Drew Altman writes on increasing deductible costs, “which are transforming the nature of health insurance from more comprehensive coverage to skimpier insurance with higher out-of-pocket costs.”
Bob Herman writes for Modern Healthcare about the consequences of shifting more out-of-pocket healthcare expenses to employees.
As the cost of providing employees with healthcare benefits rises (at an average of $500 per employee this year), many employers are choosing to push those costs onto employees in order to maintain budgets.
Amanda Eisenberg from Benefits News takes a look at how increases in employee healthcare (5-10% for many employees) is causing a shift to more self-funding.
Anna Louie Sussman of The Wall Street Journal focuses on how middle class workers are struggling to pay for healthcare in a time when wages are stagnant, employers are cost-shifting, and deductibles are on the rise.
Michael Z. Stahl recently wrote for Forbes, “a 2014 survey by the National Small Business Association found that small employers spend an average of 13 hours or $1,274 a month just to keep up with Affordable Care Act compliance.”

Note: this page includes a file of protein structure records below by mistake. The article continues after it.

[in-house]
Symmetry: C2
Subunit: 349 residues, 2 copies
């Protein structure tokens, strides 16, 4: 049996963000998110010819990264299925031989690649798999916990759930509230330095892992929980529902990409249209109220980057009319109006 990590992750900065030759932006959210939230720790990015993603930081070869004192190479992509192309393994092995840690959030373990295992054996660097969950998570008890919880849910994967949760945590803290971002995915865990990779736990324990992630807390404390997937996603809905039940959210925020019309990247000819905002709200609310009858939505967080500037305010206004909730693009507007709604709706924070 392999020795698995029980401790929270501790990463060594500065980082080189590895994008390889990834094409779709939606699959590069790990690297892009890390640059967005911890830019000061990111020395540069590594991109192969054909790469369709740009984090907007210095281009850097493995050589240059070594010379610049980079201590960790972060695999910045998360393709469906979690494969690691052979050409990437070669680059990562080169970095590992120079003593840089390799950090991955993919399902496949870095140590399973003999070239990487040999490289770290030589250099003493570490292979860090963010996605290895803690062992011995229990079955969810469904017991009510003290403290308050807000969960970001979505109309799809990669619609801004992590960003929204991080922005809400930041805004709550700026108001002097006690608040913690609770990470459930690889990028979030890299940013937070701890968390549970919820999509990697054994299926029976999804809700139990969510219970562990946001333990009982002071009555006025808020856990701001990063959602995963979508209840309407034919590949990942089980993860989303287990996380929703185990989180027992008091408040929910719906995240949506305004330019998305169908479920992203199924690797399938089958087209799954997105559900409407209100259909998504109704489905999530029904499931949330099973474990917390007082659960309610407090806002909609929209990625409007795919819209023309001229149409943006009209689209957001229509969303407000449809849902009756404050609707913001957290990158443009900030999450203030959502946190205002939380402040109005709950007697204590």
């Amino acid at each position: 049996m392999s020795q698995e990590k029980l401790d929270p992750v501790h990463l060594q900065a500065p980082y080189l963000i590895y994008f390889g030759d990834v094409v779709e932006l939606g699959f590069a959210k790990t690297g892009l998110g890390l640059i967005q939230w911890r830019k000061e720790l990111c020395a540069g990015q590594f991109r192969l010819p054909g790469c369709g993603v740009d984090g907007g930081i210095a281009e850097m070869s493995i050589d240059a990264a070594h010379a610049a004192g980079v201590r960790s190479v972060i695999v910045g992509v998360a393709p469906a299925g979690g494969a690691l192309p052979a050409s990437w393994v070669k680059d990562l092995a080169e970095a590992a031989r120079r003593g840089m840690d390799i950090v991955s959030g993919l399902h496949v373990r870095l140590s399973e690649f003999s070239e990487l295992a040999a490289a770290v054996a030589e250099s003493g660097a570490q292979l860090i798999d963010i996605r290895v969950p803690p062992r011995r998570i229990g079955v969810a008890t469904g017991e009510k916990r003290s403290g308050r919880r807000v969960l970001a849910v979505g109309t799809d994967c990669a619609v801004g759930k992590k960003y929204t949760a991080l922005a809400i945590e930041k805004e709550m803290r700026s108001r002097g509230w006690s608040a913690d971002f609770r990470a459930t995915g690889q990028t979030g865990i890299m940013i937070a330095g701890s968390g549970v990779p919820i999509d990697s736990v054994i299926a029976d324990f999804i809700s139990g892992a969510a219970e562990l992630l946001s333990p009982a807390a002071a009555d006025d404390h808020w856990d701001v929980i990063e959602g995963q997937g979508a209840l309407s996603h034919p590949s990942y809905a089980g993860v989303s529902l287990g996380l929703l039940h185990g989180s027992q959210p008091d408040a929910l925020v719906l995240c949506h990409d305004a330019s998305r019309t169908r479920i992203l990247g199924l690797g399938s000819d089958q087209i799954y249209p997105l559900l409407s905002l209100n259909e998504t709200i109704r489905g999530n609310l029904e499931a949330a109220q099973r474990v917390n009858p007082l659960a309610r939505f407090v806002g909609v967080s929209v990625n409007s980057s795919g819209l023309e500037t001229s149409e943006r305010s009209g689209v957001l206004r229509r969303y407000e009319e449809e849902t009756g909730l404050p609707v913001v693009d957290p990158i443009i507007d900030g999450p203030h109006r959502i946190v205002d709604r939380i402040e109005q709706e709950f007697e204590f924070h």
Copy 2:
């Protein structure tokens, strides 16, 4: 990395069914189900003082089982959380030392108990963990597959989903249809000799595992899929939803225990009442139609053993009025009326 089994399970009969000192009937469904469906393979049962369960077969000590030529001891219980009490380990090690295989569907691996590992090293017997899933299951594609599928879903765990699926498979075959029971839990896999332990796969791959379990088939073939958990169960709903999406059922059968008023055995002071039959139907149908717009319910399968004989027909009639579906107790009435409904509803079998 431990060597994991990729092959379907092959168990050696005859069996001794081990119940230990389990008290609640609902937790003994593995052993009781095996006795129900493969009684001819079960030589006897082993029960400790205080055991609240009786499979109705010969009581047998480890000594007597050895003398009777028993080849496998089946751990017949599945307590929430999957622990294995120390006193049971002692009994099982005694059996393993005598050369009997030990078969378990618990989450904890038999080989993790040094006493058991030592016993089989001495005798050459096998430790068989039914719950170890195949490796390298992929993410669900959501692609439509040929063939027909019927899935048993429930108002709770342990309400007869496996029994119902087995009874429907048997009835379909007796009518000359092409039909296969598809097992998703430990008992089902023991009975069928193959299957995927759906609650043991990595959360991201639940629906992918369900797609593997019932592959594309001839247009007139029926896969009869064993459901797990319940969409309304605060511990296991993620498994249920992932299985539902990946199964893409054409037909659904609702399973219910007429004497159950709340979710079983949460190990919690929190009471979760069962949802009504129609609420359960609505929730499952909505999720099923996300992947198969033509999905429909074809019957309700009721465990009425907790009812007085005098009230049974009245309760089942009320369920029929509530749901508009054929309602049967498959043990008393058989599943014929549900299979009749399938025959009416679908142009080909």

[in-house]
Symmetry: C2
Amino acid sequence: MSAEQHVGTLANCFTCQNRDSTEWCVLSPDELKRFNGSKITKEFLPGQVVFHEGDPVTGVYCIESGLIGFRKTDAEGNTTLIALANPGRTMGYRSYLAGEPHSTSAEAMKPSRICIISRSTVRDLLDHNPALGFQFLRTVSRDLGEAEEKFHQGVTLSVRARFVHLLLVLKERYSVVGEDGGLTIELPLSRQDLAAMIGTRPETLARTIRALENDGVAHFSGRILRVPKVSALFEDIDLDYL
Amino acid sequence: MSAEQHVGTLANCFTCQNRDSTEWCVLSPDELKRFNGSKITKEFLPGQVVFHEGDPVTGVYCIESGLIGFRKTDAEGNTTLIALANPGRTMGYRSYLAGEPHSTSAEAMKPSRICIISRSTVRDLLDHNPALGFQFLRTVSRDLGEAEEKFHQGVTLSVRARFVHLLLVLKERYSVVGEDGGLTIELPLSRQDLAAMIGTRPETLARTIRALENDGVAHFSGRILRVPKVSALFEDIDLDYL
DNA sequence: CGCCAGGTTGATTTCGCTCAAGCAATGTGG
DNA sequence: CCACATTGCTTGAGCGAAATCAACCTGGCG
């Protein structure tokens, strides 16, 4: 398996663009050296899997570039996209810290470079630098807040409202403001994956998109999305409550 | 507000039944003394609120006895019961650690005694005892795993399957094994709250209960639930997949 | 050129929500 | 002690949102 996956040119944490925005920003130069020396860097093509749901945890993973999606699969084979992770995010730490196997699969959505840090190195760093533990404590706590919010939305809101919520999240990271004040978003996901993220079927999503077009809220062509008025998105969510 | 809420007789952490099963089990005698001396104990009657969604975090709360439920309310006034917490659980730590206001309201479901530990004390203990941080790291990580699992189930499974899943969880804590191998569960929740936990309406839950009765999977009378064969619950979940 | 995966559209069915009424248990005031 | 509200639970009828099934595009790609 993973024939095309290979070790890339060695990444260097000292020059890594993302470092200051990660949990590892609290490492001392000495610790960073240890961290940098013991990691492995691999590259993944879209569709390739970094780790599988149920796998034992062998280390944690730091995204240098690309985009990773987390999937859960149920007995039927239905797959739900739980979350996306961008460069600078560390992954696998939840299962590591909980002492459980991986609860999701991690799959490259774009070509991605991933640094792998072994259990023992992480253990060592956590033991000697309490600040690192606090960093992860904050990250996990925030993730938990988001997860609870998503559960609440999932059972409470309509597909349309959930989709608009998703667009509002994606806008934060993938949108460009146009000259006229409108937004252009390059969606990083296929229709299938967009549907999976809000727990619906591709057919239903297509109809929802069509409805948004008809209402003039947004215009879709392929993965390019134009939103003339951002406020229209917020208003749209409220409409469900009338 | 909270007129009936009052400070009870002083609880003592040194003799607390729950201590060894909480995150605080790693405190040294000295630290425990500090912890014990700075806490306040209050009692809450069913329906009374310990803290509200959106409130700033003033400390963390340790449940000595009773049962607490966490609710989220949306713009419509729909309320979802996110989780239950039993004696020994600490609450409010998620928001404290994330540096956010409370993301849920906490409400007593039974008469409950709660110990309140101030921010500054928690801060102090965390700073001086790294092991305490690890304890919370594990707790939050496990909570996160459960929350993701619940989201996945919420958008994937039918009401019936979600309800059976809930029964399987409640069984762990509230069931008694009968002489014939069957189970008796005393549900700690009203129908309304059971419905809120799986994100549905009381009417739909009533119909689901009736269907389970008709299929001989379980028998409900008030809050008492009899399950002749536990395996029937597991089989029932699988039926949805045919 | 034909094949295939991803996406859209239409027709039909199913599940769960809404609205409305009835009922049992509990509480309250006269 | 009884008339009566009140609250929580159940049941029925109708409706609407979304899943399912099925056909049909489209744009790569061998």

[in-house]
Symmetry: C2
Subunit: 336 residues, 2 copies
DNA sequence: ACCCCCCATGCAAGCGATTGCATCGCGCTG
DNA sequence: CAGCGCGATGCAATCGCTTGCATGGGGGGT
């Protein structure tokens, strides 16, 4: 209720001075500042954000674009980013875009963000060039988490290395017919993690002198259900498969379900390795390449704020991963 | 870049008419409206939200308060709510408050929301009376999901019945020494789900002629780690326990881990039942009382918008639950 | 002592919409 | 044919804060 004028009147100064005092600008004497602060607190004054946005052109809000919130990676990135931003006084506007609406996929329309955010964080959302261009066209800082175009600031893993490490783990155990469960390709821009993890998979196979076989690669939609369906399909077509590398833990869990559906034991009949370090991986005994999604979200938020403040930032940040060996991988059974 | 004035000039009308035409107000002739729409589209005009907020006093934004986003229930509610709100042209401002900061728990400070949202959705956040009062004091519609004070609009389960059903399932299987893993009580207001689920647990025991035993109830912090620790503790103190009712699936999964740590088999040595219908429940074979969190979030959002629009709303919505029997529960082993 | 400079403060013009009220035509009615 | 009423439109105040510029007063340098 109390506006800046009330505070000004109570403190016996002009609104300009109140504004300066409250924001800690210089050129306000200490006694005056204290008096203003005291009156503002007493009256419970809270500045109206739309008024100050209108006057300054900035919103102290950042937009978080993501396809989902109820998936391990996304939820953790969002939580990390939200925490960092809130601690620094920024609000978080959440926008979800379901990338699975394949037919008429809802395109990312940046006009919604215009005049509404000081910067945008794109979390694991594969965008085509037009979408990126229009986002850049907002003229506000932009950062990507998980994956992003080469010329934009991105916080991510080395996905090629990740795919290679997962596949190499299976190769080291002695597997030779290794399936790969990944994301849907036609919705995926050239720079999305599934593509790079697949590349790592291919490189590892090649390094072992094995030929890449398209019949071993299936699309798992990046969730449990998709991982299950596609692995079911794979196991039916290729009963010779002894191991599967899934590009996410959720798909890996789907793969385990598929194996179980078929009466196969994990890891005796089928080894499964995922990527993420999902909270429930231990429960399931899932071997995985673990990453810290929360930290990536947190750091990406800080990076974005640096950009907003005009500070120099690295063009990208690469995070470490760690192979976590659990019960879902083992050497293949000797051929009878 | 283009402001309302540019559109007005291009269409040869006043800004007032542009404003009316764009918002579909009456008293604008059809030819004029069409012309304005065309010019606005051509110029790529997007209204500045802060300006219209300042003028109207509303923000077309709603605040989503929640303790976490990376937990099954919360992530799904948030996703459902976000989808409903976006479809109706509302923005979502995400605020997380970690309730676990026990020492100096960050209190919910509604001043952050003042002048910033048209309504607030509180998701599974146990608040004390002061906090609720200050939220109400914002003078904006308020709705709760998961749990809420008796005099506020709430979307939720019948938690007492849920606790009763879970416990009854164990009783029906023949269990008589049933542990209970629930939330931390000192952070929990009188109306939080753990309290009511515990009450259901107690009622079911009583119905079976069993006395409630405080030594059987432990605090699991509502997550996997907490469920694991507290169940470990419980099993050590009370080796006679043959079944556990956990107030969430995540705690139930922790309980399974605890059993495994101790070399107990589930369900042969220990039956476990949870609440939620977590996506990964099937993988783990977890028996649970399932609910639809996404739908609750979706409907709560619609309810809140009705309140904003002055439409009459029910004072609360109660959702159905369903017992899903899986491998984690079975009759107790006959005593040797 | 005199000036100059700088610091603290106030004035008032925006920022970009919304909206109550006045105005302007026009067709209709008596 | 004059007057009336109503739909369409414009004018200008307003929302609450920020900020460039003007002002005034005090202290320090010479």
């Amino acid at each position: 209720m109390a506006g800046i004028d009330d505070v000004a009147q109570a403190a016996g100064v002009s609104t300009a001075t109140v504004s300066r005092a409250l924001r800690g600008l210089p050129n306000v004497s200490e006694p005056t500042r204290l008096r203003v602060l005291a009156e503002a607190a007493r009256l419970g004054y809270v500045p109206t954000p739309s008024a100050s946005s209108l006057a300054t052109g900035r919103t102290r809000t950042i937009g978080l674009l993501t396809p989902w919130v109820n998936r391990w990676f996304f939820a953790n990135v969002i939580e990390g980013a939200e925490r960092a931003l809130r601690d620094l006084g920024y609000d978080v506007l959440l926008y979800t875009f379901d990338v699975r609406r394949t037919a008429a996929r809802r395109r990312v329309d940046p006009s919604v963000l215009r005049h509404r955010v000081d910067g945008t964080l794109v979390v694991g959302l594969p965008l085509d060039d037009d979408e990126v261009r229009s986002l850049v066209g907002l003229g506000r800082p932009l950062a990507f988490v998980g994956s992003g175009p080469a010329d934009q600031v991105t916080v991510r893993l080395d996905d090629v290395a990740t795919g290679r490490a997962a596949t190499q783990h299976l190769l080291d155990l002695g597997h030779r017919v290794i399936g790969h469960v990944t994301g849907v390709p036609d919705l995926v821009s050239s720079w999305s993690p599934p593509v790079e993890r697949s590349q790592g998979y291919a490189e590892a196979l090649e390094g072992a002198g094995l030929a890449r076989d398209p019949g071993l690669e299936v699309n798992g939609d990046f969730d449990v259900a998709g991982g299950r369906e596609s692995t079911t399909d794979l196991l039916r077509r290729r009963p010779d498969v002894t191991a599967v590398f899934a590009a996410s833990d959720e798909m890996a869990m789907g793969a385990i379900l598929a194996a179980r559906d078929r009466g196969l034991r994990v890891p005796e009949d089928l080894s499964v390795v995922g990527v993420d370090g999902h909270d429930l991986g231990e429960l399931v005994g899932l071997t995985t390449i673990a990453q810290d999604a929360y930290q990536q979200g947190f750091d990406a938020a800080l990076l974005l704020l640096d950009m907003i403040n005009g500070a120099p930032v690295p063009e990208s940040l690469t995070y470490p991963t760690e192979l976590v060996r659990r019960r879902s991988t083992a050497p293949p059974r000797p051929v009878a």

In this article by Kevin Mattson and Maria Carriedo-Ceniceros for the San Diego Tribune, the authors estimate that there will be a shortage of 90,000 primary care doctors in the next five years. Unfortunately CHCs bear the brunt of this issue and face recruitment/retention issues due to the populations they serve and “lower salaries compared to private hospitals and health systems.”
Employee engagement and happiness is key to retaining and attracting top talent, but the elusive question remains: What makes employees happy? Benefits such as a health plan can improve workplace morale, along with many other factors.
Erin Mershon wrote in the Washington Health Policy Week in Review, "large employers are expecting employee health benefit costs to rise by five percent in 2017, less than half the increase expected for consumers who purchase health care on the public exchanges created by the 2010 health law."